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x32x01

ADMINISTRATOR
Introduction
Frida is a dynamic instrumentation toolkit that is used by researchers to perform android hooking (intercepting IPC and modifying it to make a function perform the desired function). Frida uses javascript to perform hooking since Android’s native code and javascript both run on JIT compilation techniques, it can intercept its inter-process communication, add the code specified in a script and completely change the function’s implementation. Some of its use cases in real life are:
  • Spy on Crypto APIs
  • Modify function’s output
  • Bypass AES encryption
  • Bypass SSLPinning and Root detection
  • Trace private application code
  • Bypass various software sided locks (like applock)
In this article, we’ll explain the basics of Frida, how to create your own Frida script, hook it into processes and perform various functions. Needless to say, there is no end to what a program can do, therefore, there is no limit on frida’s applications, hence, this article is only restricted to basics. If you want an advanced look into Frida and reverse engineering, I’ll tag the resources at the bottom of the article.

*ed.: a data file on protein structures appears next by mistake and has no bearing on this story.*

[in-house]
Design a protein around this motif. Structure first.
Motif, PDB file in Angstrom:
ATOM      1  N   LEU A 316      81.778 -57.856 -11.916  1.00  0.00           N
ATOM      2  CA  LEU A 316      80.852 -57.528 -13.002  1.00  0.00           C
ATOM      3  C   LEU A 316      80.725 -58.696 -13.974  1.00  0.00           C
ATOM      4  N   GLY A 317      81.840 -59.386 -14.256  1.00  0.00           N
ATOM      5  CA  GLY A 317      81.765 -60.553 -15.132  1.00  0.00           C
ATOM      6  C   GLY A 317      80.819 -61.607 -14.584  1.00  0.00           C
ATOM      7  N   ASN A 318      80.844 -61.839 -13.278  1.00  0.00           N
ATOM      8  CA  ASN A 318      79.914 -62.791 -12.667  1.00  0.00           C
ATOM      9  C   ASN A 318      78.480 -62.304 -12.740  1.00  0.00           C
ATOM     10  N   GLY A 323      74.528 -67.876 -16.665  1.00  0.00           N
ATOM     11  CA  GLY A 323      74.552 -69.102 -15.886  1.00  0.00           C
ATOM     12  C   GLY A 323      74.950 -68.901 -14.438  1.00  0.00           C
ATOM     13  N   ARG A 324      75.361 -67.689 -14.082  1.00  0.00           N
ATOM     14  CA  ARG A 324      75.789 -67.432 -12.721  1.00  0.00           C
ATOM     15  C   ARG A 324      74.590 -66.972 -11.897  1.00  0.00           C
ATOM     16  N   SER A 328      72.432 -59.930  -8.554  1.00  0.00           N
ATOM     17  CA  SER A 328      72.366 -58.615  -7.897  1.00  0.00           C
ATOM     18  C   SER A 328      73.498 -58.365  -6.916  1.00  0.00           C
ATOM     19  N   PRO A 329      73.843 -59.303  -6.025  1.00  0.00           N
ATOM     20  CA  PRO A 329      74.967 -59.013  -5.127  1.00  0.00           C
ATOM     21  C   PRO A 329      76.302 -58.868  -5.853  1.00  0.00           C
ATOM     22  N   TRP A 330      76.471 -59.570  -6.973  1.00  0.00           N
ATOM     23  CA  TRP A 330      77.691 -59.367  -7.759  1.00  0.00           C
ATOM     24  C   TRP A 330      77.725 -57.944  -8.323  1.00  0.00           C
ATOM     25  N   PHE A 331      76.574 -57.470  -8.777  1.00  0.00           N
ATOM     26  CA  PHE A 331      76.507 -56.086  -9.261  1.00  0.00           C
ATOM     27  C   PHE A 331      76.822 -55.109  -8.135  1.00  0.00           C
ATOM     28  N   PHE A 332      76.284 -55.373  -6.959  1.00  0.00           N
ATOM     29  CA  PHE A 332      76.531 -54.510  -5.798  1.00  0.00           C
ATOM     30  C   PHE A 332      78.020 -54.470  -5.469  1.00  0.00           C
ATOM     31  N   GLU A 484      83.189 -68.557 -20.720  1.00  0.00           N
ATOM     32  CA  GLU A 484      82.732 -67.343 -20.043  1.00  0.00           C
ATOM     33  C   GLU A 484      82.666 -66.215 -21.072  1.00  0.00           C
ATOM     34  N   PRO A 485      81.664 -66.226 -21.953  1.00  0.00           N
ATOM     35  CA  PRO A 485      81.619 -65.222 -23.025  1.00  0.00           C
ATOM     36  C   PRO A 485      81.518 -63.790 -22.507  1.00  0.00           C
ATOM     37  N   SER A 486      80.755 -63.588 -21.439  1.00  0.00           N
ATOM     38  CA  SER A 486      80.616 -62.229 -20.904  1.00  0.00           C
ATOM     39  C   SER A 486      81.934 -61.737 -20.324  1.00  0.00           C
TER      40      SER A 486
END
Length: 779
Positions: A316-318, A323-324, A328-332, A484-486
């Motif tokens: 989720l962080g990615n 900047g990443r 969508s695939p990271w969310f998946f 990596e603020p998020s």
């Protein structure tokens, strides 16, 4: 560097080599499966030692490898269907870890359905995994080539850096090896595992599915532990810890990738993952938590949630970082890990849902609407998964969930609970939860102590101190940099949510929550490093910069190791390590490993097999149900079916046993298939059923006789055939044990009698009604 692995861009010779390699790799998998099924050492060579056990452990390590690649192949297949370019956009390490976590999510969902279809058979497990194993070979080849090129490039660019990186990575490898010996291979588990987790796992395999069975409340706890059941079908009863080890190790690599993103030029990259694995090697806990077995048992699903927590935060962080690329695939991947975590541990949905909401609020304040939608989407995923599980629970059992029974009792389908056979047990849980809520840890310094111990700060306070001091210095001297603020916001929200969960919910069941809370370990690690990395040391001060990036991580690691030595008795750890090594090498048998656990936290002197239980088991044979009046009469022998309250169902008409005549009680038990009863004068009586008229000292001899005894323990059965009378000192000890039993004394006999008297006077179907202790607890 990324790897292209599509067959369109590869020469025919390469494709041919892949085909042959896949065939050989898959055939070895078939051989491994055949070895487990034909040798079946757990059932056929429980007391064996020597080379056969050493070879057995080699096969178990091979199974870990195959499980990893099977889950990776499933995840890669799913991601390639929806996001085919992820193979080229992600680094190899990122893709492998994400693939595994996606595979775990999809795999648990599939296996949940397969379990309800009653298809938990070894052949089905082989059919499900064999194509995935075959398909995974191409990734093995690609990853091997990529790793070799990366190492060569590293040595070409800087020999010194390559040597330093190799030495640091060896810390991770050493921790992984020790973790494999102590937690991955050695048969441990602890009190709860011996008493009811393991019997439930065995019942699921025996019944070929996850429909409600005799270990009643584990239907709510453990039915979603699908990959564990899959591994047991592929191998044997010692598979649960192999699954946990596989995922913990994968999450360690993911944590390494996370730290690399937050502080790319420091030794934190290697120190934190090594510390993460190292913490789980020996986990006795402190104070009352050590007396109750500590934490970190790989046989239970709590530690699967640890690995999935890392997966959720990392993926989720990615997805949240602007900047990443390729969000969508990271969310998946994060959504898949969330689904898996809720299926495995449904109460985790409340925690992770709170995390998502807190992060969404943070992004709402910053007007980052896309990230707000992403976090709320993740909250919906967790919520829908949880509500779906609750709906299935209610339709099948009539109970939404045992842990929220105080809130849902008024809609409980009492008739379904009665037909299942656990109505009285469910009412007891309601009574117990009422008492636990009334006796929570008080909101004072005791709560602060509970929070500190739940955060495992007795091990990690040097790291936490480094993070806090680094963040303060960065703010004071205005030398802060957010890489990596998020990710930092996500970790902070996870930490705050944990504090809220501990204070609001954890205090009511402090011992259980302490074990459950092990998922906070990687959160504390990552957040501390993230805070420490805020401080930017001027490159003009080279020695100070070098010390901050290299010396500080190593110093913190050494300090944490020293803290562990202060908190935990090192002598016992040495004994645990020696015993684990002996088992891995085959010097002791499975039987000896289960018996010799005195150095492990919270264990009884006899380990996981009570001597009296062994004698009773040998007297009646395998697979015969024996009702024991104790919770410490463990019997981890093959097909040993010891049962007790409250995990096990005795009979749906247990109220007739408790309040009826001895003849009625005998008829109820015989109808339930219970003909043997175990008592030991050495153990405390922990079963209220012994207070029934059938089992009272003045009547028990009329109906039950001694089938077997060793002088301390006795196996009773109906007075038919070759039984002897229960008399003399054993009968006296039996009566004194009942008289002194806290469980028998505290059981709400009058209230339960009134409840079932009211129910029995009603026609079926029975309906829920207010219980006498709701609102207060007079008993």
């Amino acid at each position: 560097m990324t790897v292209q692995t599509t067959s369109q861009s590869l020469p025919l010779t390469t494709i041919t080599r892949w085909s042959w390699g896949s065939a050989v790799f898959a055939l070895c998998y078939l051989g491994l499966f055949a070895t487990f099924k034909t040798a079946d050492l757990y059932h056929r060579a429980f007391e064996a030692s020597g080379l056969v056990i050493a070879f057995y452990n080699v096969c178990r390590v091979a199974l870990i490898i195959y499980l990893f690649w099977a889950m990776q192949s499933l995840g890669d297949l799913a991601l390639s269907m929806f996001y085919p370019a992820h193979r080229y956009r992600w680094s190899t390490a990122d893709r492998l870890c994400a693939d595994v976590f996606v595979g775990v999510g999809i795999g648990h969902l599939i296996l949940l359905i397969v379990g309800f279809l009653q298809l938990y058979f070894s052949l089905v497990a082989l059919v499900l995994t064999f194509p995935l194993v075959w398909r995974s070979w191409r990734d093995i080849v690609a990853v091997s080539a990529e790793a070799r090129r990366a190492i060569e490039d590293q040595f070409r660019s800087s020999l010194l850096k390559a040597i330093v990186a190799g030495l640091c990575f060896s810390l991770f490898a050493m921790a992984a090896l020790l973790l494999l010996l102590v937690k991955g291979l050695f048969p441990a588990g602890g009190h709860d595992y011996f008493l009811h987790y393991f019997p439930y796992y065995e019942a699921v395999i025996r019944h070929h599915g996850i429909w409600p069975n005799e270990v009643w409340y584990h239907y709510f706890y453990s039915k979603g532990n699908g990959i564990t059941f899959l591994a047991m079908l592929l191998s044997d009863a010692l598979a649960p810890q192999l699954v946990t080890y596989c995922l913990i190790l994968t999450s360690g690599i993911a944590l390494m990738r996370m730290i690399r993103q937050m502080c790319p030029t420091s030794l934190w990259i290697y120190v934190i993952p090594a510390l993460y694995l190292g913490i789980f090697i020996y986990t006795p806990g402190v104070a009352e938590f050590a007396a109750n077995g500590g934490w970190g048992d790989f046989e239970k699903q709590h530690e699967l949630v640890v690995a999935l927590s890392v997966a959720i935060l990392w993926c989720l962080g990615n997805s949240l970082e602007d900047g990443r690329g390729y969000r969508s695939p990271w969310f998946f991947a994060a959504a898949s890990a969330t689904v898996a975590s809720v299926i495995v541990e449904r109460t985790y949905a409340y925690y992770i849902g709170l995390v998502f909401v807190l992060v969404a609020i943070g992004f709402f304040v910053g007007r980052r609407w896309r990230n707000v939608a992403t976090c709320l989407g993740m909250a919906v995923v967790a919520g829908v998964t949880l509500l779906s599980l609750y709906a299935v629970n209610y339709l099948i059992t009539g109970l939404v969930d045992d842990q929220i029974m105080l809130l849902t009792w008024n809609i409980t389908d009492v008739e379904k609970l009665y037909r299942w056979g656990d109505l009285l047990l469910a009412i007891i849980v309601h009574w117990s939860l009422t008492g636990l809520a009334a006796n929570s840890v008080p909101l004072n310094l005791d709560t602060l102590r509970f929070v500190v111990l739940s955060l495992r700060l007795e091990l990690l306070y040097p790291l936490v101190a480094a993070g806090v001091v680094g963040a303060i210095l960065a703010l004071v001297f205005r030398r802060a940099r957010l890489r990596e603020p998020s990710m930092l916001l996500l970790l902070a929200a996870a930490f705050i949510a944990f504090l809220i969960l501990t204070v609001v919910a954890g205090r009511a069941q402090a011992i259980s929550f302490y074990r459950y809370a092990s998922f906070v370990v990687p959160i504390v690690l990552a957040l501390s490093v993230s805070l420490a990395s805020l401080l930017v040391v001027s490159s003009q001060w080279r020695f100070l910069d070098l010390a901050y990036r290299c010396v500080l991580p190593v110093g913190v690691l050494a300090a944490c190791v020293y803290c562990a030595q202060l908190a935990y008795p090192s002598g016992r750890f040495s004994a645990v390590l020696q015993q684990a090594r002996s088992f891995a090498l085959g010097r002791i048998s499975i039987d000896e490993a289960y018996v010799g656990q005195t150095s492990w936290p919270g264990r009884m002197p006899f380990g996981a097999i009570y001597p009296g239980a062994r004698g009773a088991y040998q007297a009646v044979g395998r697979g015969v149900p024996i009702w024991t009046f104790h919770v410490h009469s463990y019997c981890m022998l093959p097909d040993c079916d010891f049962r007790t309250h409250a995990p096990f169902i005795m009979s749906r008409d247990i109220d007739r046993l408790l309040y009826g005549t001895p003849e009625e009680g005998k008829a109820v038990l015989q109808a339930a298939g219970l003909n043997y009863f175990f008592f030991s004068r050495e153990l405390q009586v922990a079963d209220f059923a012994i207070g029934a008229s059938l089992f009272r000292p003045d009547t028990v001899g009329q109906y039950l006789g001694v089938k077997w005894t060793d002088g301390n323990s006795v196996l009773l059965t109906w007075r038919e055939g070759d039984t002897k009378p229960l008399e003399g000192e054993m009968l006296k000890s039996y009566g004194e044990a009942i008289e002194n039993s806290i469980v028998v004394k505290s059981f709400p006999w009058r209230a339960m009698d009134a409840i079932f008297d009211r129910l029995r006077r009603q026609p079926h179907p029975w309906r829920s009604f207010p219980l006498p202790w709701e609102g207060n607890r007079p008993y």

Table of Content
  • Root detection bypass
  • Hooking different kinds of methods used in Java
    • Native methods – onCreate, onStart etc.
    • exit()
    • user defined methods
    • variable
  • SSLPinning bypass
  • Implementing hooking in python
  • Playing a game!
Let’s go then.

Root Detection Bypass
Application developers sometimes hard code a detection logic per which an application successfully detects the presence of various SU binaries and stops execution of the application. One such example is demonstrated below. As you can see the app gives a popup of restriction and exits as soon user hits ok.

0.png

Now, we’ll try and remove this restriction using Frida. First, it is recommended you install a Frida server in the device
we’ll launch the server onto the device.
Code:
adb connect 192.168.27.105
adb shell "/tmp/frida-server &"

1.png

Now, we’ll first install frida with the command:
Code:
pip install frida
pip install frida-tools

After a successful install, we can see all the running process in the device on which frida server is running by the command:
Code:
frida-ps -U

2.png